many of you know by now, I am no longer the Diving Coach at
the University of Nebraska. I have received many calls and
e-mails of inquiry, and I want to address some issues. Now
three weeks into a new career, I can finally catch my breath
and begin to communicate some of the feelings I've long held.
for the sport of diving was nearly all consuming; it was definitely
driven from the heart, not from trying to fill my wallet.
Making a living is important, but loving what you do on a
day-to-day basis is what drives all human beings. Throughout
my first four years at Nebraska, coaching did satisfy those
basic human needs--as well as my wallet. As time progressed,
however, there began a gradual shift in the basic hierarchy
that began to affect my ability to care for my athletes in
the best way that I saw possible. This ultimately resulted
in the collegiate level of the sport being unable to fulfill
the emotional satisfaction I needed.
it seems that my lack of fulfillment at the collegiate level
is something I share with at least several of my colleagues.
It seems that over the course of my Division I tenure, a subtle
shift of power occurred whereby diving coaches lost control
of their programs to the swimming coaches. Ultimately, it
may be the correct "business decision" for the program
in its entirety (i.e., swimming and diving); however, most
unfortunately, it means that divers and diving coaches have
had to increase their tolerance for the historic prejudice
that swimming has inflicted upon diving. While it would be
unfair to to publicly name those programs in which this has
occurred, the important question that remains to be answered
by the coaches who have chosen to make collegiate diving their
career is: How long will they allow this to go on or how long
will it go on before diving ceases to exist as a collegiate
of you know, I have been quite outspoken in my support for
the secession of diving from swimming. I have always believed
it to be necessary for the continued well-being of diving
as a collegiate sport. Today more than ever, I still stand
by that belief. More
on that later.
couple of thoughts in closing... I feel extraordinarily fortunate
to have been the Diving Coach at the University of Nebraska.
(Shut up all you jerks who make fun of Huskers!!! :-). Although
Nebraska always has and always will be subjected to discrimination,
I believe the work ethic and general supportiveness of the
people in this state is unparalleled. As a native Californian/transplanted
Nebraskan, I feel that I have a valid pedestal upon which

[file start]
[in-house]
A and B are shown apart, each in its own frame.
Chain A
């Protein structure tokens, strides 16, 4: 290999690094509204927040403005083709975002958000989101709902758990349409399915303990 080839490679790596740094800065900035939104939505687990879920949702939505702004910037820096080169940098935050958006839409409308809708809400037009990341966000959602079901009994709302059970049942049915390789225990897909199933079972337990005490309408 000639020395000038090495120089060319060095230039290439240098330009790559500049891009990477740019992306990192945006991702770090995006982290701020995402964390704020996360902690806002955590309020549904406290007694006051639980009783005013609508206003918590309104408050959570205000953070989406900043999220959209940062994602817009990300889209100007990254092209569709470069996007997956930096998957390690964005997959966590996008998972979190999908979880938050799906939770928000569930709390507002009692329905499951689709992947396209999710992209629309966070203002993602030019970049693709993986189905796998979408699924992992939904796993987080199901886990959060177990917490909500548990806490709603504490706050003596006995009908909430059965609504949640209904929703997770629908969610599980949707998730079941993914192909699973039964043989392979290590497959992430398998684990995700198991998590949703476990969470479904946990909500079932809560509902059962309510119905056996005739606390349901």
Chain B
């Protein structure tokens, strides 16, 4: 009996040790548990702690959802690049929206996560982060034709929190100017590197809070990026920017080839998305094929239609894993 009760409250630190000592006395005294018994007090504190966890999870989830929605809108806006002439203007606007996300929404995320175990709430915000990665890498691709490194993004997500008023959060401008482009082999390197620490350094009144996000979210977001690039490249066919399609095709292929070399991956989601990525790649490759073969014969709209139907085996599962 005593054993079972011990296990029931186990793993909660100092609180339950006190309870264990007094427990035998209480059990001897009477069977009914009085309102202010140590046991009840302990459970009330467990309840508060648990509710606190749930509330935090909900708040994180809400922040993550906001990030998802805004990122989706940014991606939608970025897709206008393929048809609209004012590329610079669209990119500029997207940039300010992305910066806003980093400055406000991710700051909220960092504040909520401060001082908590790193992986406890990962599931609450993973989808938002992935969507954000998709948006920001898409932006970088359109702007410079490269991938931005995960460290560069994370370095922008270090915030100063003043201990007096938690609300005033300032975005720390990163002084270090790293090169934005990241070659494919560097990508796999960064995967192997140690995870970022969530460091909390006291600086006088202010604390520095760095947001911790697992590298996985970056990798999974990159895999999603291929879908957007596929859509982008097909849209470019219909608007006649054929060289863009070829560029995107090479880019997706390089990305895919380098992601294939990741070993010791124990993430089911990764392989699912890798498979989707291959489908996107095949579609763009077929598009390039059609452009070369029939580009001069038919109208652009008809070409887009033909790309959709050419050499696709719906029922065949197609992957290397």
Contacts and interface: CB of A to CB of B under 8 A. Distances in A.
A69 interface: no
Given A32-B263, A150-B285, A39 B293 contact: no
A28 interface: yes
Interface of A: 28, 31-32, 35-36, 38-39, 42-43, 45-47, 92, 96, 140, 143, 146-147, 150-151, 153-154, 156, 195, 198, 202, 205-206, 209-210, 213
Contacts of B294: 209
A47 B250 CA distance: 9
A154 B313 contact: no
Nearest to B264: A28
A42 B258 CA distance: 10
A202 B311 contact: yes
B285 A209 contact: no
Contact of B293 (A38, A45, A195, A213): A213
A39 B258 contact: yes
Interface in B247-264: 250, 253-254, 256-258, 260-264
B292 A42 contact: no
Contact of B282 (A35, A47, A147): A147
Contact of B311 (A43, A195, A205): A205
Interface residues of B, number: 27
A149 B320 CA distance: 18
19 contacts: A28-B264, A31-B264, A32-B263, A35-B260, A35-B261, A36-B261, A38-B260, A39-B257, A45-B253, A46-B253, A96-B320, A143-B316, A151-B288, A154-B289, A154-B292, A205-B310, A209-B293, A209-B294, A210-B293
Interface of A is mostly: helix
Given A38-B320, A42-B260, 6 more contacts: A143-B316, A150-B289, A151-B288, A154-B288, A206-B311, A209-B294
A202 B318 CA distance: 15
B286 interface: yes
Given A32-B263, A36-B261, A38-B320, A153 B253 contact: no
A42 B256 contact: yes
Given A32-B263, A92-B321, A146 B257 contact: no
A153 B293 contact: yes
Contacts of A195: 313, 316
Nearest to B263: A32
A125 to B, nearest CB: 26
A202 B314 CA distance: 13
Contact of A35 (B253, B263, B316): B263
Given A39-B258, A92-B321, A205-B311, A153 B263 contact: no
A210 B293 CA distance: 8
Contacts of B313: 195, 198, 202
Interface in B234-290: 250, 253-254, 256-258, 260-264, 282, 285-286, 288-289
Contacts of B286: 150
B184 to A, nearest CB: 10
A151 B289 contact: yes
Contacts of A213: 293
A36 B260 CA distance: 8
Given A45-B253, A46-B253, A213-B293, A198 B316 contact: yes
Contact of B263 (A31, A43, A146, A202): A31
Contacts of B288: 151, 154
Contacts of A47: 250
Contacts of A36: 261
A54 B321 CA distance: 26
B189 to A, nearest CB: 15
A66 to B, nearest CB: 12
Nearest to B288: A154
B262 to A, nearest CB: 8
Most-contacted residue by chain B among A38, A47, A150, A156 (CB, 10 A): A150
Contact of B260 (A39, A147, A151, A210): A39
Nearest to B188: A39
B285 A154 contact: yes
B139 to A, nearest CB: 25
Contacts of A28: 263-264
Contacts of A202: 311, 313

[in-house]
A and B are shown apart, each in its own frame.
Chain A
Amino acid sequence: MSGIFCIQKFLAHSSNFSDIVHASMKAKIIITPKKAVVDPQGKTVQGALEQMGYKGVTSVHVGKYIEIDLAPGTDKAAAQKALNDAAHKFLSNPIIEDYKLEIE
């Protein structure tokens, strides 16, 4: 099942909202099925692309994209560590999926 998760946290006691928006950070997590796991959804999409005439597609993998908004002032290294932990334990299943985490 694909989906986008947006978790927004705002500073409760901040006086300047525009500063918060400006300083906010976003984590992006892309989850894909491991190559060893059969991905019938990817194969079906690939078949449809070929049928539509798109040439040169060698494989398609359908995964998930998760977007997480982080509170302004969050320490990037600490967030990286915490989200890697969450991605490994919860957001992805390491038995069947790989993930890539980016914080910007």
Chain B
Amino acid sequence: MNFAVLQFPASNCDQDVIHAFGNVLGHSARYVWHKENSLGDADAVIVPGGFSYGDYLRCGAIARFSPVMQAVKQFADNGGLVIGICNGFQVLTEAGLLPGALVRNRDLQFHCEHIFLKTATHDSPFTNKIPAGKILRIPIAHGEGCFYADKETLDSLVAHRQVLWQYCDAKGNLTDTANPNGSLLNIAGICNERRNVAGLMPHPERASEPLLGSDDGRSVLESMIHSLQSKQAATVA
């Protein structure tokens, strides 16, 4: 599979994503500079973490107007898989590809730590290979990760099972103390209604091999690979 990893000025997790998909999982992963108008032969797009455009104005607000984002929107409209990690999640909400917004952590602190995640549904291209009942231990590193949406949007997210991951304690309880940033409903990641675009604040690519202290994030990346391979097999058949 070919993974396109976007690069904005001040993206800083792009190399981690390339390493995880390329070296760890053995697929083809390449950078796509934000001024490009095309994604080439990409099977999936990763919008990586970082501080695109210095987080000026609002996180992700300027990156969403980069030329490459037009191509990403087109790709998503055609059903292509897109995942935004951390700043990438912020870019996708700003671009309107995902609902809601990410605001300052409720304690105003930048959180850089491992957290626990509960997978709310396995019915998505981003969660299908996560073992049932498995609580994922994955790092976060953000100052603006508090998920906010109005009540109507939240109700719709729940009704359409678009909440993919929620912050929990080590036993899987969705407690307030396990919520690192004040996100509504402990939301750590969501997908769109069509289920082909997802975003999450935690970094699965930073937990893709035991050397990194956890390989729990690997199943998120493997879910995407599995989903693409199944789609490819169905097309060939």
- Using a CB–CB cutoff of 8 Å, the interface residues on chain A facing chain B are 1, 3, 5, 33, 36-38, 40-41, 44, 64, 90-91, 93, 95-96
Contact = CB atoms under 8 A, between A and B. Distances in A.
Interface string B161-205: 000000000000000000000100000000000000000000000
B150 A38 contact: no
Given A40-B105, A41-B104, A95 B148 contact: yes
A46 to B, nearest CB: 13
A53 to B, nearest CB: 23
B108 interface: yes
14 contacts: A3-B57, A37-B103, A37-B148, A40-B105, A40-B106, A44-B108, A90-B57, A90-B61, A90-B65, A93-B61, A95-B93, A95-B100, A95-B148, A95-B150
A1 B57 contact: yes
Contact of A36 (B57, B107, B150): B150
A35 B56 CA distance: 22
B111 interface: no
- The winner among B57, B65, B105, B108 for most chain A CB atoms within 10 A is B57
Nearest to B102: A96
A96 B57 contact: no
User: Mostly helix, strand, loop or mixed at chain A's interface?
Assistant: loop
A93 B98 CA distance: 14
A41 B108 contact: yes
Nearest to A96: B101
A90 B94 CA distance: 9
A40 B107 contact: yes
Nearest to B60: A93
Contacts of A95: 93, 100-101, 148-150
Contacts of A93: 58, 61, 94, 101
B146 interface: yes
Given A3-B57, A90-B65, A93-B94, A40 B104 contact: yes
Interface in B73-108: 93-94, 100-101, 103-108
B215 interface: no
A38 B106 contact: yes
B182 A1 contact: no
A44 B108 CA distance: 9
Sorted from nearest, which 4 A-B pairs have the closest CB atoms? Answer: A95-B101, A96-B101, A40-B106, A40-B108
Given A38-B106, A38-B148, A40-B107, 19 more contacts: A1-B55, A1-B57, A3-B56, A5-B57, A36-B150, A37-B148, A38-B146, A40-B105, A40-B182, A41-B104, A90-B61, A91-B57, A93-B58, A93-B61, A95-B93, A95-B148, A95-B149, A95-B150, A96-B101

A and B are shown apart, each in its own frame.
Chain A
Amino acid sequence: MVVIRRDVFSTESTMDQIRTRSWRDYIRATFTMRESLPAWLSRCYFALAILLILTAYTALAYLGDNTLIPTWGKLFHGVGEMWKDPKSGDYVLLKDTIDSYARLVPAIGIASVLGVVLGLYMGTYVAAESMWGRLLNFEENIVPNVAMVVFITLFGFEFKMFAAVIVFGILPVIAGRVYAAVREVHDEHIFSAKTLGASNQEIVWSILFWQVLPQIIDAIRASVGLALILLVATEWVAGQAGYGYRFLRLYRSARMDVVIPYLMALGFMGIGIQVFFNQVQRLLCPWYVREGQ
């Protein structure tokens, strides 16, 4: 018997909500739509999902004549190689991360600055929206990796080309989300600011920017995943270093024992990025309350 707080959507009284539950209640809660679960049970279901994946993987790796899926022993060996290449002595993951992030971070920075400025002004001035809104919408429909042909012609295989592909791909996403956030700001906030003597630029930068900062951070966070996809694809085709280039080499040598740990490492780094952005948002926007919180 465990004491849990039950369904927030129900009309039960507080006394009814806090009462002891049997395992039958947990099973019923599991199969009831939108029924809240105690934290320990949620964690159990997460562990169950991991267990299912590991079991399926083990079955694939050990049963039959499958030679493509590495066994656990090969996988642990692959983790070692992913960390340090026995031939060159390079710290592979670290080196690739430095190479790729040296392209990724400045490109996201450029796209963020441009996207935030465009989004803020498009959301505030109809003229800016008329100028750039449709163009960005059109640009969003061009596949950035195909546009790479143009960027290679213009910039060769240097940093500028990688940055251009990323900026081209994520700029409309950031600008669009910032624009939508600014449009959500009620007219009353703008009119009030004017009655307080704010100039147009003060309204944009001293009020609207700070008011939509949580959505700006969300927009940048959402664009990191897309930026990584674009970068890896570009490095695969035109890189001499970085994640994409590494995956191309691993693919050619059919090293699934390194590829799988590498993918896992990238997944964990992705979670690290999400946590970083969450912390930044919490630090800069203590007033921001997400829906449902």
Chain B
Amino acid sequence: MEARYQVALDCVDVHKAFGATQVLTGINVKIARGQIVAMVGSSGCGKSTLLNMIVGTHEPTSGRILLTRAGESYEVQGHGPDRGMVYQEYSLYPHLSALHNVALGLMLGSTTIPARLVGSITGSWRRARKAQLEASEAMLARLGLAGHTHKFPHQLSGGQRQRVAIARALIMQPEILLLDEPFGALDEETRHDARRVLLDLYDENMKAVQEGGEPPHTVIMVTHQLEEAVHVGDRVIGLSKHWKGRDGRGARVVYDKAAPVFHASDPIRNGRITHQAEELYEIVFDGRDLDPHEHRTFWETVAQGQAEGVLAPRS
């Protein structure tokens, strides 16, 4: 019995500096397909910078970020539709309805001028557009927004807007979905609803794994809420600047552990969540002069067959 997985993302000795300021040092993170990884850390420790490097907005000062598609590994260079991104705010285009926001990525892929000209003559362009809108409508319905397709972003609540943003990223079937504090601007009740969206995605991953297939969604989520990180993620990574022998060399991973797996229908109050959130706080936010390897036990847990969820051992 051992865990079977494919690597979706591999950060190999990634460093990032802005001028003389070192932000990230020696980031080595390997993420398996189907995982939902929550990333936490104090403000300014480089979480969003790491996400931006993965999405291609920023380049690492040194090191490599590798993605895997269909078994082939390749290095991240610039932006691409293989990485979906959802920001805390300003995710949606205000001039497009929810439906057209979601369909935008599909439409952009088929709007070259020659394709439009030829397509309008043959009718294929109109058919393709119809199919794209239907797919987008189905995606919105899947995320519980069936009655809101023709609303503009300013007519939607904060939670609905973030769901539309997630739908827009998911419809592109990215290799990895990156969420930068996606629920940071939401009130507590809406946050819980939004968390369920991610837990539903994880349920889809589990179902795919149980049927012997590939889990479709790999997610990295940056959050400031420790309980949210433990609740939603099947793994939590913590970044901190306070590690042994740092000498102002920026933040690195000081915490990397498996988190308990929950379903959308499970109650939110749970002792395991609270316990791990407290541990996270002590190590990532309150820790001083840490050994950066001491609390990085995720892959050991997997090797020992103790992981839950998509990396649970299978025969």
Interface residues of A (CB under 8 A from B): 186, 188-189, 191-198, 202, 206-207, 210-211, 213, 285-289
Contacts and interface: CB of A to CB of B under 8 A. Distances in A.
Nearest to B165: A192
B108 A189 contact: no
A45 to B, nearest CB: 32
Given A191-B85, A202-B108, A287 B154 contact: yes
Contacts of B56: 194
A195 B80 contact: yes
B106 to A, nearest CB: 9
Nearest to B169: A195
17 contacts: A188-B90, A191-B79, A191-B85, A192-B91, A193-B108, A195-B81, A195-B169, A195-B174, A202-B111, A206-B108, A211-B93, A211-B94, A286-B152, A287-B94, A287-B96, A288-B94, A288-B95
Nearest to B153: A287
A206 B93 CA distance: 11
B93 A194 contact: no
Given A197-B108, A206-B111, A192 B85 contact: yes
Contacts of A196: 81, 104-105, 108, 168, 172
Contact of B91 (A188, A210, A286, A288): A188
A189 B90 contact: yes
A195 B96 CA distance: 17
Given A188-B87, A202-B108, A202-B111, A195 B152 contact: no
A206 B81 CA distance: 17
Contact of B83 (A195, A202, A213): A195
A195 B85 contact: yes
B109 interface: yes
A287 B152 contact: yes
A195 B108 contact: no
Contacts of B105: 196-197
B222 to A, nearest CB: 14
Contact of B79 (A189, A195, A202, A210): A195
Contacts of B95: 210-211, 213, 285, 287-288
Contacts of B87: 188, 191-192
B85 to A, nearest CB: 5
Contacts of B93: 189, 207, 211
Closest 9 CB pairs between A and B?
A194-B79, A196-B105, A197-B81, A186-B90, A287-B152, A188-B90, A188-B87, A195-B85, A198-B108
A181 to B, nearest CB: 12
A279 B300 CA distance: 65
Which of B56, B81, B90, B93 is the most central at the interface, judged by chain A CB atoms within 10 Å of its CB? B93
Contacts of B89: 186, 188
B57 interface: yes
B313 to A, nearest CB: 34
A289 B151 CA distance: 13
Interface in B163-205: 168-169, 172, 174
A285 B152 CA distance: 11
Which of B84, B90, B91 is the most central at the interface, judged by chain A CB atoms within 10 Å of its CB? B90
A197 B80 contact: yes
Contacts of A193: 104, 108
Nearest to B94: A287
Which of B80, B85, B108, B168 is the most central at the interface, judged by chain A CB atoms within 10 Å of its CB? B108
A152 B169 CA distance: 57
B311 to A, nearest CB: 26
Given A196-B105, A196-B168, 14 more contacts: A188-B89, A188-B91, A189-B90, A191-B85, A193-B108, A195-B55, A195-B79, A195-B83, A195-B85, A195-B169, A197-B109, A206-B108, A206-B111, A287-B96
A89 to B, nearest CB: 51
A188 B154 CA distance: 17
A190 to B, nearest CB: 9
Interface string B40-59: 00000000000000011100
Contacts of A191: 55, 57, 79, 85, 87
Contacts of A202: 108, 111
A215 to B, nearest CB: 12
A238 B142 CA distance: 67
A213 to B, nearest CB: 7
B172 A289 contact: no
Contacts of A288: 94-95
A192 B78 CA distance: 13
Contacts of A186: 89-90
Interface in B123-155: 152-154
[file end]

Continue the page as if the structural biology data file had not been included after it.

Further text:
to preach. The community's support of my program was always
tremendous, and I want to say thank you to those who supported
my athletes and myself throughout the years.
also like to put an end to some of the rumors surrounding
my departure from the University of Nebraska. In 1998, I suffered
a permanent injury to my hand that affected my ability to
belt spot the generally more massive collegiate divers for
which Nebraska is famous. I began to question my physical
abilities--not so much for the immediate future--but more
for what they would be like in 10-15 years. Coincidentally,
I also met the love of my life. In our early discussions of
our future together, she wisely pointed out to me that it
was ludicrous to consider parenthood when my ritual of coaching
at the collegiate level kept me on the road an average of
150 days out of the year. Add into the equation the degradation
of seeing my collegiate athletes subjected to decisions made
by swimming coaches that were not in their best interests,
and a career change was the only logical choice.
of my departure and the subsequent investigation of the swimming
portion of the program at the University of Nebraska was merely
coincidental. I began to evaluate my possible alternative
careers in the spring of 1999. I interviewed with my current
company in early February of 2000. Ironically, as I awaited
my interviews in Kansas City, I read in the U.S.A. Today
sports section about the dropping of Men's Swimming and Diving
at the University
of Miami. At that moment, I knew that my decision was
the correct decision.
for whom I work initially wanted me to begin in June 2000;
however, I told them I was unable to begin then due to my
commitment to an athlete who had dedicated himself to trying
to make the Olympic Team, as well as my upcoming wedding.
After my initial decline of their offer, the Wrestling Coach
at Nebraska was asked to resign, and I knew then that the
fuse was burning. I successfully renegotiated my initial job
offer and convinced the company to allow me to begin training
at the next available opportunity. Their final offer came
July 31st, 2000, and I informed my superiors of my decision
to resign on August 10th, effective August 31st. I began training
for my new job September 11th in Scottsdale, Arizona, and
completed it November 17th.
due to the timing of all of this, I was unable to attend and
adequately complete my tenure as the Rules Chair for United
States Diving. To my colleagues for whom I served, and for
my co-committee members, I wanted to apologize for the timing
of my personal-life events that prevented me from attending
the USAS Convention in Orlando. I thoroughly enjoyed serving
and relished the challenges that were put forth to the committee.
I know at some point I would like to again be of service to
United States Diving. If you have any questions or comments,
please feel free to contact me.